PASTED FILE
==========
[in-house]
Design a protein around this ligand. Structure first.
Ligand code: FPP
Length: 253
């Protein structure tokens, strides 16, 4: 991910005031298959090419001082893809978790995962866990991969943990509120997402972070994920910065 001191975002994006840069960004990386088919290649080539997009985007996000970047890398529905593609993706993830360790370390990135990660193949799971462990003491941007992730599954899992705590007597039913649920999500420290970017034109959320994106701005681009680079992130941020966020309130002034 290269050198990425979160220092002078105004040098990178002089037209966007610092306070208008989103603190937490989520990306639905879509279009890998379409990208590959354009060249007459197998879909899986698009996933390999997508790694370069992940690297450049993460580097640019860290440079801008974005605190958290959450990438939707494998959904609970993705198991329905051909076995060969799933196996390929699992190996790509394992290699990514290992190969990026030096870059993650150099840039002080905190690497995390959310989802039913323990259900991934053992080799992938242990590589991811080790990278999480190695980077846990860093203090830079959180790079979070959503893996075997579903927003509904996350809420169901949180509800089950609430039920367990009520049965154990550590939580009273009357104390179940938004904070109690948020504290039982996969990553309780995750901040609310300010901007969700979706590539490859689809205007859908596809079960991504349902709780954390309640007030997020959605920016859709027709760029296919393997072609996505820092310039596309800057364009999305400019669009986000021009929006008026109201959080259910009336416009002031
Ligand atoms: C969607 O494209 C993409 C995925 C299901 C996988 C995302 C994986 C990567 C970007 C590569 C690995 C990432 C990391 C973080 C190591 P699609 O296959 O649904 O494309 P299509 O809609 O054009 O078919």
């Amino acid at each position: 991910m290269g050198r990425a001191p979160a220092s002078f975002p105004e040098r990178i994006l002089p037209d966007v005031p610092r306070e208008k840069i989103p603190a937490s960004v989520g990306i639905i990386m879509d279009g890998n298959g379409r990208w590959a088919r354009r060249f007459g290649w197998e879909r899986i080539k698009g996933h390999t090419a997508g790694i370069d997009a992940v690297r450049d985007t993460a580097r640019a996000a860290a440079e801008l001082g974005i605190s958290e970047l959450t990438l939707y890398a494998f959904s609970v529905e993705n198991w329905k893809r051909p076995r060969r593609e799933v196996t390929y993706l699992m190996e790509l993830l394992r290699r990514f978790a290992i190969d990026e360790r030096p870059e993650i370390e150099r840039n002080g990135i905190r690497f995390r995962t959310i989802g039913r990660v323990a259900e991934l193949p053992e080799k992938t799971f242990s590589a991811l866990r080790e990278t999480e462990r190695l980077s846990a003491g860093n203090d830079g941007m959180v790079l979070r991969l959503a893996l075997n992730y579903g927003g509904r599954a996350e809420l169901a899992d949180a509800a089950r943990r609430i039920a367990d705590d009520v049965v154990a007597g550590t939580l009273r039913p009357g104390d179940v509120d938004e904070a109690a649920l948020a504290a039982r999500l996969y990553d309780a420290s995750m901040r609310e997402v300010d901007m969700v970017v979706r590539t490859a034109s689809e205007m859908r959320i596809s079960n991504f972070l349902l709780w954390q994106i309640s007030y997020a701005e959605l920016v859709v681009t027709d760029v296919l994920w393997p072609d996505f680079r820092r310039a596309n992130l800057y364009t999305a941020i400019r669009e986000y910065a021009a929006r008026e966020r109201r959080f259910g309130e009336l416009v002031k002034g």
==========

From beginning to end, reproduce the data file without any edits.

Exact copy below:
[in-house]
Design a protein around this ligand. Structure first.
Ligand code: FPP
Length: 253
């Protein structure tokens, strides 16, 4: 991910005031298959090419001082893809978790995962866990991969943990509120997402972070994920910065 001191975002994006840069960004990386088919290649080539997009985007996000970047890398529905593609993706993830360790370390990135990660193949799971462990003491941007992730599954899992705590007597039913649920999500420290970017034109959320994106701005681009680079992130941020966020309130002034 290269050198990425979160220092002078105004040098990178002089037209966007610092306070208008989103603190937490989520990306639905879509279009890998379409990208590959354009060249007459197998879909899986698009996933390999997508790694370069992940690297450049993460580097640019860290440079801008974005605190958290959450990438939707494998959904609970993705198991329905051909076995060969799933196996390929699992190996790509394992290699990514290992190969990026030096870059993650150099840039002080905190690497995390959310989802039913323990259900991934053992080799992938242990590589991811080790990278999480190695980077846990860093203090830079959180790079979070959503893996075997579903927003509904996350809420169901949180509800089950609430039920367990009520049965154990550590939580009273009357104390179940938004904070109690948020504290039982996969990553309780995750901040609310300010901007969700979706590539490859689809205007859908596809079960991504349902709780954390309640007030997020959605920016859709027709760029296919393997072609996505820092310039596309800057364009999305400019669009986000021009929006008026109201959080259910009336416009002031
Ligand atoms: C969607 O494209 C993409 C995925 C299901 C996988 C995302 C994986 C990567 C970007 C590569 C690995 C990432 C990391 C973080 C190591 P699609 O296959 O649904 O494309 P299509 O809609 O054009 O078919």
């Amino acid at each position: 991910m290269g050198r990425a001191p979160a220092s002078f975002p105004e040098r990178i994006l002089p037209d966007v005031p610092r306070e208008k840069i989103p603190a937490s960004v989520g990306i639905i990386m879509d279009g890998n298959g379409r990208w590959a088919r354009r060249f007459g290649w197998e879909r899986i080539k698009g996933h390999t090419a997508g790694i370069d997009a992940v690297r450049d985007t993460a580097r640019a996000a860290a440079e801008l001082g974005i605190s958290e970047l959450t990438l939707y890398a494998f959904s609970v529905e993705n198991w329905k893809r051909p076995r060969r593609e799933v196996t390929y993706l699992m190996e790509l993830l394992r290699r990514f978790a290992i190969d990026e360790r030096p870059e993650i370390e150099r840039n002080g990135i905190r690497f995390r995962t959310i989802g039913r990660v323990a259900e991934l193949p053992e080799k992938t799971f242990s590589a991811l866990r080790e990278t999480e462990r190695l980077s846990a003491g860093n203090d830079g941007m959180v790079l979070r991969l959503a893996l075997n992730y579903g927003g509904r599954a996350e809420l169901a899992d949180a509800a089950r943990r609430i039920a367990d705590d009520v049965v154990a007597g550590t939580l009273r039913p009357g104390d179940v509120d938004e904070a109690a649920l948020a504290a039982r999500l996969y990553d309780a420290s995750m901040r609310e997402v300010d901007m969700v970017v979706r590539t490859a034109s689809e205007m859908r959320i596809s079960n991504f972070l349902l709780w954390q994106i309640s007030y997020a701005e959605l920016v859709v681009t027709d760029v296919l994920w393997p072609d996505f680079r820092r310039a596309n992130l800057y364009t999305a941020i400019r669009e986000y910065a021009a929006r008026e966020r109201r959080f259910g309130e009336l416009v002031k002034g």